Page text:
The service required payment to confirm the reservation, and DBS is the only bank it uses for internet banking, she said.
Ms Pereira was able to find a different department who agreed to accept payment later, but said the incident prompted her to look for services at other banks.
“It taught me not to depend on a single bank for Internet banking,” she added.
While DBS customers outside of Singapore also could not access their Singapore-based accounts, those whose accounts had been opened at the bank’s overseas branches were not affected.
DBS spokespersons in Hong Kong, India and Indonesia told the Straits Times that their services faced no disruption.
The bank also denied rumors that the disruption in Singapore was linked to the sale of treasury bills in Myanmar.
DBS said in a tweet on Wednesday: “There have been rumors that the disruption of DBS’s digibanking service is linked to the sale of treasury bills by the Myanmar National Unity Government. There is no truth to this. DBS did not sell any of these bonds.
A number of media outlets in Myanmar reported that the disruption was caused by a high volume of transactions after Myanmar nationals used DBS and POSB online services to purchase zero-rated bonds issued by the Government of National Unity. (NUG).
Reuters news agency reported on Wednesday that NUG raised US $ 6.3 million (S $ 8.6 million) on the day it opened its first bond sale on Monday to mostly Burmese nationals in abroad.
NUG’s goal is to raise US $ 1 billion for a “revolution” to overthrow the military government that seized power in a coup in February.
Past service outages in Singapore banks
UOB customers were unable to access Internet and mobile banking services for approximately two hours. The bank apologized for the incident but did not provide details on what caused it.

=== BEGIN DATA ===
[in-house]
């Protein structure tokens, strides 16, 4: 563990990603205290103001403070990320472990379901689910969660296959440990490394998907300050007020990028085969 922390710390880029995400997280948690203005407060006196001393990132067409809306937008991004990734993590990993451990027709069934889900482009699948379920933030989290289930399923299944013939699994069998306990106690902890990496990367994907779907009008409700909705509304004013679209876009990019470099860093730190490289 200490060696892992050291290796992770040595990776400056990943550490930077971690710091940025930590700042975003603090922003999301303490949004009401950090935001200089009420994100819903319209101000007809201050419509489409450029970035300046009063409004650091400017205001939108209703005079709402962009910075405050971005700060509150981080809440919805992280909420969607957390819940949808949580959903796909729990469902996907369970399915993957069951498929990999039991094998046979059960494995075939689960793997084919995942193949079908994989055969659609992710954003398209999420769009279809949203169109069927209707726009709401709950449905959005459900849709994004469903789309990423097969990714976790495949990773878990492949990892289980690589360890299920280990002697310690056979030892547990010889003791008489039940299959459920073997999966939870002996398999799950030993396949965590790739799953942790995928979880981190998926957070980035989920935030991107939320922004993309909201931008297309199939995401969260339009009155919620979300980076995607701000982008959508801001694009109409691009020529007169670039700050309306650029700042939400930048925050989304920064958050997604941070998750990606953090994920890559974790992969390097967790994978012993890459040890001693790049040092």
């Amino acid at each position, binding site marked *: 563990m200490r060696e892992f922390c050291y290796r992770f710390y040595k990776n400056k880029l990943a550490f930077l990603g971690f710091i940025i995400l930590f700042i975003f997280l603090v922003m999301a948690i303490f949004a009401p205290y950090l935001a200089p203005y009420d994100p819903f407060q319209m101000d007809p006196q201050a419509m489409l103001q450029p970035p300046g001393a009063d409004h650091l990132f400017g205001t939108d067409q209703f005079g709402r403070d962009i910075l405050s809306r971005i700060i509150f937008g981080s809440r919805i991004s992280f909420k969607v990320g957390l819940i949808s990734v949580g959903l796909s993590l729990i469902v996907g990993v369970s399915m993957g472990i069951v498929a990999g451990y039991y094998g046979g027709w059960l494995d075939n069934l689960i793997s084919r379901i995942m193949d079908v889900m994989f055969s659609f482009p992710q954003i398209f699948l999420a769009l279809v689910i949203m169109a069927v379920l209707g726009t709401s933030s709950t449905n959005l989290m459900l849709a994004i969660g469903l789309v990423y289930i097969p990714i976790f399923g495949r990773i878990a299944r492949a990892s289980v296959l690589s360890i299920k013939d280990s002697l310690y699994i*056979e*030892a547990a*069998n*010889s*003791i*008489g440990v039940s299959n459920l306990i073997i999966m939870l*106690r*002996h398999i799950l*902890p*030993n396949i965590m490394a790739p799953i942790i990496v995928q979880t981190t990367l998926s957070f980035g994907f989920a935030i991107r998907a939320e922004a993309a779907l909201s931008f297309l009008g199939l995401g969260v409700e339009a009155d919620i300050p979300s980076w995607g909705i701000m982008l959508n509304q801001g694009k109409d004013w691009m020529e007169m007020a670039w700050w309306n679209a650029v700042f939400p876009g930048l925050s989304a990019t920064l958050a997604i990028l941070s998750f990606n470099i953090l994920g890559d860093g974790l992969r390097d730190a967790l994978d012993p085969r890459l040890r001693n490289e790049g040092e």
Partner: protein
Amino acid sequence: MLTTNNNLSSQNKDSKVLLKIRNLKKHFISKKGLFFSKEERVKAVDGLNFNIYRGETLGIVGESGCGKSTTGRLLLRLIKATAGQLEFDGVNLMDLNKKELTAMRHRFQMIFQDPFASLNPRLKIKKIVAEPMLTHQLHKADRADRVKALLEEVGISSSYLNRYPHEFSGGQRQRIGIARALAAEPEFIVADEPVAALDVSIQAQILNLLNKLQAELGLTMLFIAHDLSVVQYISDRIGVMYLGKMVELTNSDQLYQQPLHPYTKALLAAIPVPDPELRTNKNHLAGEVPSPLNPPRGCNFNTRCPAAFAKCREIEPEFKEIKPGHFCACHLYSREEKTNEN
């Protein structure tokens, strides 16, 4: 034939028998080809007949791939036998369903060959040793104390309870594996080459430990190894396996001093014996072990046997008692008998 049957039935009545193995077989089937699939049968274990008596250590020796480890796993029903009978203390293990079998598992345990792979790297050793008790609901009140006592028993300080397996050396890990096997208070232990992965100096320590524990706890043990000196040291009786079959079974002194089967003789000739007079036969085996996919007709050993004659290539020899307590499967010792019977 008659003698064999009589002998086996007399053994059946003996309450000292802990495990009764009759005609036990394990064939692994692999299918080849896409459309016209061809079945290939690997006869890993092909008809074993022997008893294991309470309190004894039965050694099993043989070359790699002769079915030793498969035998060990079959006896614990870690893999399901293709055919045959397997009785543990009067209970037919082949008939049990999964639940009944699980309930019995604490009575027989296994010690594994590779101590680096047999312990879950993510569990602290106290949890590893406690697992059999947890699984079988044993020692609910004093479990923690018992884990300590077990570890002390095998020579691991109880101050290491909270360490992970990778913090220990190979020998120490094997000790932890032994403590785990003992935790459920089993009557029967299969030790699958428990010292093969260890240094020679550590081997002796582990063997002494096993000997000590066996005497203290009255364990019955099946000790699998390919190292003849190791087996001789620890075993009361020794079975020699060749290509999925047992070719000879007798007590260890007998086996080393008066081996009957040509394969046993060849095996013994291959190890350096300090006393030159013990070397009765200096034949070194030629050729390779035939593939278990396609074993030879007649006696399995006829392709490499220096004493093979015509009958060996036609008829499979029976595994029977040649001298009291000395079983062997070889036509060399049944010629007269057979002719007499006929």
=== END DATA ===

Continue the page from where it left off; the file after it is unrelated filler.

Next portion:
Some DBS customers have experienced difficulty accessing the DBS Ideal Business Banking portal for about a day. DBS said a small number of its corporate customers were experiencing “intermittent delays,” but did not specify the cause of the problem.
UOB’s ATMs, card payments, internet banking and mobile apps were shut down for about two hours. The bank apologized for the incident but did not provide details on what caused it.
OCBC’s ATM network, online banking channels, Nets and card services were disrupted for about three hours. The OCBC said a software failure prevented the bank’s systems from accepting new data, and subsequent human oversight ensured that the problem was not detected for earlier rectification.
UOB apologized for a five-minute interruption to its ATM services.
Human error during maintenance work caused an island-wide disruption of service for the Nets cashless payment system owned by DBS, OCBC and UOB. The disruption lasted nearly two hours.
Several DBS and POSB ATMs were out of service for an indefinite period. DBS did not disclose the total number of affected ATMs or the cause of the problem.
UOB’s ATM and Net services were interrupted for about an hour due to a technical issue.
A system-wide technical issue plagued OCBC’s ATMs, card payments and internet banking platforms for more than four hours. A faulty connectivity device was blamed for the problem, which “prevented the main banking system from properly connecting to the various front-end banking systems,” OCBC said at the time.
The Monetary Authority of Singapore (MAS) reprimanded the bank and ordered it to conduct extensive reviews of its systems.
An improper maintenance procedure by IBM engineers caused a major system failure that interrupted all personal and business banking services at DBS. Customers were unable to withdraw money from vending machines or make payments at points of sale for approximately seven hours.
The bank was censored by MAS and had to set aside an additional $ 230 million in regulatory capital for operational risk.